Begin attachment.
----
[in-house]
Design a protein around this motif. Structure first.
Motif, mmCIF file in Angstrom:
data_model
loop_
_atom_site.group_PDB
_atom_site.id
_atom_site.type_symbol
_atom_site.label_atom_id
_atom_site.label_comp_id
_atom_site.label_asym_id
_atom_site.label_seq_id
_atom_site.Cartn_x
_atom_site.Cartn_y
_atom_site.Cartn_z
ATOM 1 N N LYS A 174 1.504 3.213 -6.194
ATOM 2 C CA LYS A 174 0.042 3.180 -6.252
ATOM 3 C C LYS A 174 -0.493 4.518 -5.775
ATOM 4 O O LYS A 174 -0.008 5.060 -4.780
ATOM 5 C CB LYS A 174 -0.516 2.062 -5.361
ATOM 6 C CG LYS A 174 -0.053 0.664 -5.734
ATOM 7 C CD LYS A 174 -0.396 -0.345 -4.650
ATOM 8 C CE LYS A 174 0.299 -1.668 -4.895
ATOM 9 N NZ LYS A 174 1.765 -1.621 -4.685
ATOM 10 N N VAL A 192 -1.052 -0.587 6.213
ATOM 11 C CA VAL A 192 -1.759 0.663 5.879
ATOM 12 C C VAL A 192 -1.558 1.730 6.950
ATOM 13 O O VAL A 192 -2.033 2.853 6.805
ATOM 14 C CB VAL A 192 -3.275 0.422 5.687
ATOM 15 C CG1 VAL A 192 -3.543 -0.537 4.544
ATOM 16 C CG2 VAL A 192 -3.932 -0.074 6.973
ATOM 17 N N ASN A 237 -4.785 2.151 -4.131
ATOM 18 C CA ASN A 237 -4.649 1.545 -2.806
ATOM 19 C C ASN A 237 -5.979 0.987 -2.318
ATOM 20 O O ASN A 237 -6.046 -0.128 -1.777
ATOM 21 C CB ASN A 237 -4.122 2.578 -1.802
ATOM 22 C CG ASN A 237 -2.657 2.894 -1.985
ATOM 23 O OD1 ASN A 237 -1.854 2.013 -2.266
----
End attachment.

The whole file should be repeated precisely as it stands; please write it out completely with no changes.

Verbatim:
[in-house]
Design a protein around this motif. Structure first.
Motif, mmCIF file in Angstrom:
data_model
loop_
_atom_site.group_PDB
_atom_site.id
_atom_site.type_symbol
_atom_site.label_atom_id
_atom_site.label_comp_id
_atom_site.label_asym_id
_atom_site.label_seq_id
_atom_site.Cartn_x
_atom_site.Cartn_y
_atom_site.Cartn_z
ATOM 1 N N LYS A 174 1.504 3.213 -6.194
ATOM 2 C CA LYS A 174 0.042 3.180 -6.252
ATOM 3 C C LYS A 174 -0.493 4.518 -5.775
ATOM 4 O O LYS A 174 -0.008 5.060 -4.780
ATOM 5 C CB LYS A 174 -0.516 2.062 -5.361
ATOM 6 C CG LYS A 174 -0.053 0.664 -5.734
ATOM 7 C CD LYS A 174 -0.396 -0.345 -4.650
ATOM 8 C CE LYS A 174 0.299 -1.668 -4.895
ATOM 9 N NZ LYS A 174 1.765 -1.621 -4.685
ATOM 10 N N VAL A 192 -1.052 -0.587 6.213
ATOM 11 C CA VAL A 192 -1.759 0.663 5.879
ATOM 12 C C VAL A 192 -1.558 1.730 6.950
ATOM 13 O O VAL A 192 -2.033 2.853 6.805
ATOM 14 C CB VAL A 192 -3.275 0.422 5.687
ATOM 15 C CG1 VAL A 192 -3.543 -0.537 4.544
ATOM 16 C CG2 VAL A 192 -3.932 -0.074 6.973
ATOM 17 N N ASN A 237 -4.785 2.151 -4.131
ATOM 18 C CA ASN A 237 -4.649 1.545 -2.806
ATOM 19 C C ASN A 237 -5.979 0.987 -2.318
ATOM 20 O O ASN A 237 -6.046 -0.128 -1.777
ATOM 21 C CB ASN A 237 -4.122 2.578 -1.802
ATOM 22 C CG ASN A 237 -2.657 2.894 -1.985
ATOM 23 O OD1 ASN A 237 -1.854 2.013 -2.266